Grading Final Examinations and Projects

By Robyn Shevory and Rod Lucero

Ideally, final examination and project grades reflect students’ progress and achievement through the course of the semester.  They should be a direct reflection of individual student growth and development.

When grading final exams and projects, it is important to consider student progress in addition to student achievement.  Grading and evaluation should place student learning at its center.

Things to Keep in Mind

Final evaluations must be aligned with assigned material, and students must be made aware of your individual grading method.

  • At this point in the semester, your students have most likely become familiar with your style of assessment and evaluation, but it is still useful to remind them of your grading structure. 
  • Be consistent when grading final exams and ensure that your students will not be surprised. 
    • For example, if your students are used to receiving a letter grade based on the number questions they answered correctly, they will be distressed to learn that in this instance they will be graded on a curve based on the success of their fellow classmates. 
  • Grading methods must be clear from the beginning as stated in your syllabus.


Rubrics can be extremely helpful when assessing student performance on final examinations and projects.  A rubric is a grading guide developed for a specific assignment or evaluation. 

  • An effective rubric offers a breakdown of what you, the professor, expect your students to achieve for a particular assignment. 
    • It may be useful to design a classroom activity in which your students create their own rubric relating to final projects and exams.  This will allow students to experience a sense of agency and help them to better understand the work and process involved in assessment and evaluation.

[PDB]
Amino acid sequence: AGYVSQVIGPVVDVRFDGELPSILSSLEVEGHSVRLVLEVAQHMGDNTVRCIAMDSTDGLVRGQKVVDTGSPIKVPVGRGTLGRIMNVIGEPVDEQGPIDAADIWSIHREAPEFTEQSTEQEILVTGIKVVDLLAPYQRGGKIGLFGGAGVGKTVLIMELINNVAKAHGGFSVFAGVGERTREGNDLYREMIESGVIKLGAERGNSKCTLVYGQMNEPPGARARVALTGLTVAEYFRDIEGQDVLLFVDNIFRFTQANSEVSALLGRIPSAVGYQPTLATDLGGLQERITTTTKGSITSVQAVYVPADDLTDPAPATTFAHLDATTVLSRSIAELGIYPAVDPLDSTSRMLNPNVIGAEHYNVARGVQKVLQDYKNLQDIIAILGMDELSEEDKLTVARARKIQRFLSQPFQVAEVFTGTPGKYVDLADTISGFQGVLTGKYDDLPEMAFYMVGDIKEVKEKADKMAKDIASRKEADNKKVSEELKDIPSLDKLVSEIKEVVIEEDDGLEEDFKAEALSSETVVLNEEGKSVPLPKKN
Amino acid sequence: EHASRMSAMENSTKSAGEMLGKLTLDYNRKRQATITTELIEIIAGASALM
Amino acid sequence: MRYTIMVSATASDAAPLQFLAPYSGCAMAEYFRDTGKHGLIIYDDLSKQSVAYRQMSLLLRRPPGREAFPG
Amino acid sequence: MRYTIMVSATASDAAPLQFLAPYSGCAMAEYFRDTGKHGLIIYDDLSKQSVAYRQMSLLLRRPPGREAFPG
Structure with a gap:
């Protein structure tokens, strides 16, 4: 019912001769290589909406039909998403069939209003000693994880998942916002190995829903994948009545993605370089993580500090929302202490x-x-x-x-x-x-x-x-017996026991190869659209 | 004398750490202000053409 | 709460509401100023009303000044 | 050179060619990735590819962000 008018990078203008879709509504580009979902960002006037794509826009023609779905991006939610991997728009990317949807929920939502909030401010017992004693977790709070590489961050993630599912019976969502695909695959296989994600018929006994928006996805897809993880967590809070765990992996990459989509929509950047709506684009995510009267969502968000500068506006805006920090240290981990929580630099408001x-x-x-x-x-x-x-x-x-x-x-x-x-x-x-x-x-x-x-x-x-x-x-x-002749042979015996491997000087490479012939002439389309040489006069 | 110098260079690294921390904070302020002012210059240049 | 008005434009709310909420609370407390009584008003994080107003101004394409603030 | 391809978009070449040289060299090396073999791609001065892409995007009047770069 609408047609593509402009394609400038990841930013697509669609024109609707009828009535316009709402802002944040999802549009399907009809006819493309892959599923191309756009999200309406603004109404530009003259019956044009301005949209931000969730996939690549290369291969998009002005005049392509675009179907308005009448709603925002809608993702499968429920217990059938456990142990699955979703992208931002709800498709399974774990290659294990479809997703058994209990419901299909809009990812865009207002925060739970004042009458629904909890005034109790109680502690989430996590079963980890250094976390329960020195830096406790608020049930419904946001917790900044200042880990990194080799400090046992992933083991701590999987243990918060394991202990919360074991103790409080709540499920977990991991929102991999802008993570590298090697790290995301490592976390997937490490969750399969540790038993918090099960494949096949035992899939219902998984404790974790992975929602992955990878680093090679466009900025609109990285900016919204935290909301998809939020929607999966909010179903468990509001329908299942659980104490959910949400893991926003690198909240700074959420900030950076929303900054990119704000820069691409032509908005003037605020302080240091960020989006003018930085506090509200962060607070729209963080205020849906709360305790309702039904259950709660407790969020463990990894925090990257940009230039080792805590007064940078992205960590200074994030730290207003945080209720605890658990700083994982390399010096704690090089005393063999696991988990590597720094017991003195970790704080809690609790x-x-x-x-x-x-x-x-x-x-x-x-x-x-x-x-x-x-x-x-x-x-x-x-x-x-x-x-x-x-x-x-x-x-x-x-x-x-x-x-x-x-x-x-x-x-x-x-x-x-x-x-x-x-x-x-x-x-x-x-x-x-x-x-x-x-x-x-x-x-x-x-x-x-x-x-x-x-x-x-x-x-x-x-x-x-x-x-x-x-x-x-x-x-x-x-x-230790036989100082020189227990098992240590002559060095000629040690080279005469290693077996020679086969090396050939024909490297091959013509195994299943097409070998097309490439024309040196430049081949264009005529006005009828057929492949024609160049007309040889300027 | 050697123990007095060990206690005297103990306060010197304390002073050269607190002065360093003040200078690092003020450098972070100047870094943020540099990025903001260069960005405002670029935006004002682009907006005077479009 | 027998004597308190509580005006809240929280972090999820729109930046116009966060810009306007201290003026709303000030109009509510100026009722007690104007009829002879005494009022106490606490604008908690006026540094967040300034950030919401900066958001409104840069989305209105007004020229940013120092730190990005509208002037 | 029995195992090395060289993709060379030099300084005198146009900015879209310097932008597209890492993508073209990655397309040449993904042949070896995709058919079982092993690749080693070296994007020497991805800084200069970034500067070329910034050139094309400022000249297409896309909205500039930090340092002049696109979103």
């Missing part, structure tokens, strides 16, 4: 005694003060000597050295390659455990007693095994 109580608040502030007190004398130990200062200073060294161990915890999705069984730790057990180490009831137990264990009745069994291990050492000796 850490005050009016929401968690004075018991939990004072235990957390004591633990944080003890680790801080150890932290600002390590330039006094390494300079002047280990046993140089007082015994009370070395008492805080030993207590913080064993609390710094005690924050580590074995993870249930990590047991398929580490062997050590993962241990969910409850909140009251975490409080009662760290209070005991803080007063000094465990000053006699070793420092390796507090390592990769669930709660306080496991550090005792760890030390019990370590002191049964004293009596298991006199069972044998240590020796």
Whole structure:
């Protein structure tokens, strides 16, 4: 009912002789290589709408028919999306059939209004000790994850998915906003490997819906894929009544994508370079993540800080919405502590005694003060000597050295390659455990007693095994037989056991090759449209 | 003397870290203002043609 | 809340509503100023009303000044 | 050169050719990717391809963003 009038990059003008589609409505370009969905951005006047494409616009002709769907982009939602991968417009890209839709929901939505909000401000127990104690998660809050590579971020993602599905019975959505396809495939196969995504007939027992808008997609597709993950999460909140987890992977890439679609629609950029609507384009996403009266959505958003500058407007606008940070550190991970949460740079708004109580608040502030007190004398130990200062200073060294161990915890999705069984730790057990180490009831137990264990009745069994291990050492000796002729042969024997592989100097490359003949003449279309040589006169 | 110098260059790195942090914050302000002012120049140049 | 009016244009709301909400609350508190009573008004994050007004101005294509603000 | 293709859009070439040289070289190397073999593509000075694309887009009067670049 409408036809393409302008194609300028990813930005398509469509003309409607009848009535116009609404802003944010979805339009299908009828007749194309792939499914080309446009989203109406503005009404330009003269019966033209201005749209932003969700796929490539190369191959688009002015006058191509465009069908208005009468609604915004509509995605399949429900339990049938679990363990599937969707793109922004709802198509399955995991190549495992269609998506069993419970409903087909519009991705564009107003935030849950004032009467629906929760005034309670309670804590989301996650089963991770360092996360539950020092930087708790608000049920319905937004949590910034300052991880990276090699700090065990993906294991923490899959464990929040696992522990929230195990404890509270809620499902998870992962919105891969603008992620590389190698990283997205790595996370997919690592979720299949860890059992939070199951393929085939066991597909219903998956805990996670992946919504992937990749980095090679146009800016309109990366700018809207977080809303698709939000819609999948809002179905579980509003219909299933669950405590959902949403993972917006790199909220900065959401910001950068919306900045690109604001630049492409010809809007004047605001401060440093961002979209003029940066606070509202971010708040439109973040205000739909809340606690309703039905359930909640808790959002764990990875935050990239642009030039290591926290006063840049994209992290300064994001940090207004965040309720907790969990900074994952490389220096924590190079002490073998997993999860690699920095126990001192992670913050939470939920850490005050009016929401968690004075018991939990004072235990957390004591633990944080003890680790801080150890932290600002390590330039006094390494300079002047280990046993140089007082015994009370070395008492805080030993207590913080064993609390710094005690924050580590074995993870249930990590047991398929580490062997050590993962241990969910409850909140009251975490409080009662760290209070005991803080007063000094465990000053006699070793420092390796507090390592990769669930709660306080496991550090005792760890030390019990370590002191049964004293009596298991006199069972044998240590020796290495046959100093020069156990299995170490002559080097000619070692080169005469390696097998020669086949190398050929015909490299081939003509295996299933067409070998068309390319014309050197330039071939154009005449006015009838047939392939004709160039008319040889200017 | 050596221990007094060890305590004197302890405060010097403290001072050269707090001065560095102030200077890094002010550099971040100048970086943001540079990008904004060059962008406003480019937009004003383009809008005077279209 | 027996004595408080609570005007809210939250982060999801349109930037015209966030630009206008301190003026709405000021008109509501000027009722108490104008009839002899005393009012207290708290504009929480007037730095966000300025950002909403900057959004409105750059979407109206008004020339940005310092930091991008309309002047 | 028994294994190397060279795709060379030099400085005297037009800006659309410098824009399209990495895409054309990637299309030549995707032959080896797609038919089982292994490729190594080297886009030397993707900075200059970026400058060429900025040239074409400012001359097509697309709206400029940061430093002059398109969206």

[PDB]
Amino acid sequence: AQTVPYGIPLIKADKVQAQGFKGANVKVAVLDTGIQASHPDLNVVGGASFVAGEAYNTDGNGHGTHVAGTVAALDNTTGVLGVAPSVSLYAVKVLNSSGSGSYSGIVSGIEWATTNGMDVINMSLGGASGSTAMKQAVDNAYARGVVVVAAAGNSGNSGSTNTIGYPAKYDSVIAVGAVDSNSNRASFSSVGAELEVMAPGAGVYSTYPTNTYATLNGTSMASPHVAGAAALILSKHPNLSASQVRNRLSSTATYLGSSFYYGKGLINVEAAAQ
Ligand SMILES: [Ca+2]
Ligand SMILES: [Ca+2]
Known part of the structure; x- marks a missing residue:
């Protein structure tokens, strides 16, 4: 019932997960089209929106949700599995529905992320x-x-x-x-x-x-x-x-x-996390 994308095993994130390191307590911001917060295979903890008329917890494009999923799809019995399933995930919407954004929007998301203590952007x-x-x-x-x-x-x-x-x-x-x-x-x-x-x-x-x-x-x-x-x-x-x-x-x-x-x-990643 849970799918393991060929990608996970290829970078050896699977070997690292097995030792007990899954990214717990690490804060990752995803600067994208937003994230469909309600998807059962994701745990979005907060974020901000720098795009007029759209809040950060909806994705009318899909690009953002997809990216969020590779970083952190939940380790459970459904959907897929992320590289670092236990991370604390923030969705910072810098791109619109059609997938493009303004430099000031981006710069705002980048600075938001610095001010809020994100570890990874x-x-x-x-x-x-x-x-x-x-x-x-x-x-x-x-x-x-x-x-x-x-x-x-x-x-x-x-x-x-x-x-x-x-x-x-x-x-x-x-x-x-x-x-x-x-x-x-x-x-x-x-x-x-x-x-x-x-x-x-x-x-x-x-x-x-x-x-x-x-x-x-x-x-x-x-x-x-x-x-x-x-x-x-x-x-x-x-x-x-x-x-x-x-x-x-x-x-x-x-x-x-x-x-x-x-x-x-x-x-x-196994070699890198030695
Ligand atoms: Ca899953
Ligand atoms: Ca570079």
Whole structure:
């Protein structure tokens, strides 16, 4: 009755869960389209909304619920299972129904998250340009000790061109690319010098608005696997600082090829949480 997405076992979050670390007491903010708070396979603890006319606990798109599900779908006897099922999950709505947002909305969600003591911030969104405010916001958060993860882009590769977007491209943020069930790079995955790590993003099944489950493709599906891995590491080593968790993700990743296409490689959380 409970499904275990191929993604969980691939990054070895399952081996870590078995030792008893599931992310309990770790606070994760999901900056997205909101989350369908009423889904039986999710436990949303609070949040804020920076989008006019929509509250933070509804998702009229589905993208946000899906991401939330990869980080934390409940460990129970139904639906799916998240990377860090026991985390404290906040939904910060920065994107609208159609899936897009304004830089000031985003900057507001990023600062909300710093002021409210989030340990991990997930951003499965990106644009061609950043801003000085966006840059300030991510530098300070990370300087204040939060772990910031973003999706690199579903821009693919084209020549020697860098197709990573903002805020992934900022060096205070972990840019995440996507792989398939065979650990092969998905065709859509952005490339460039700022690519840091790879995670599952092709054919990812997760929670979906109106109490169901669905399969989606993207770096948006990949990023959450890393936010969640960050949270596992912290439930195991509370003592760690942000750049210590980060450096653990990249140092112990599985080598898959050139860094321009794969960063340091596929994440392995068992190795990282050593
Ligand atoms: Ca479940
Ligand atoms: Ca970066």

Rubrics can be designed in a number of ways, each equally effective.

  • Formats include lists, paragraphs, grids, and charts.
    • These formats are similar in that they are designed to describe various attributes of a specific assignment according to levels of quality.
There are a number of helpful websites to assist you in designing a rubric.

Rubrics must be specific, measurable, and focused. 

  • Vague guidelines do not offer much guidance and can leave students confused and discouraged. 
  • It is important to remember that rubrics are not only the tool you employ to grade student work but also the means by which students understand their grade and your evaluation. 
  • Rubrics are a guide for students, and when used effectively, they can assist both the professor and the student. 
    • In other words, a successful rubric not only helps you grade well but also helps you communicate to students the standards and expectations of the individual assignment.


 Lieberg, Carolyn. Teaching Your First College Class. United States of America: Stylus Publishing, LLC, 2008. Print.


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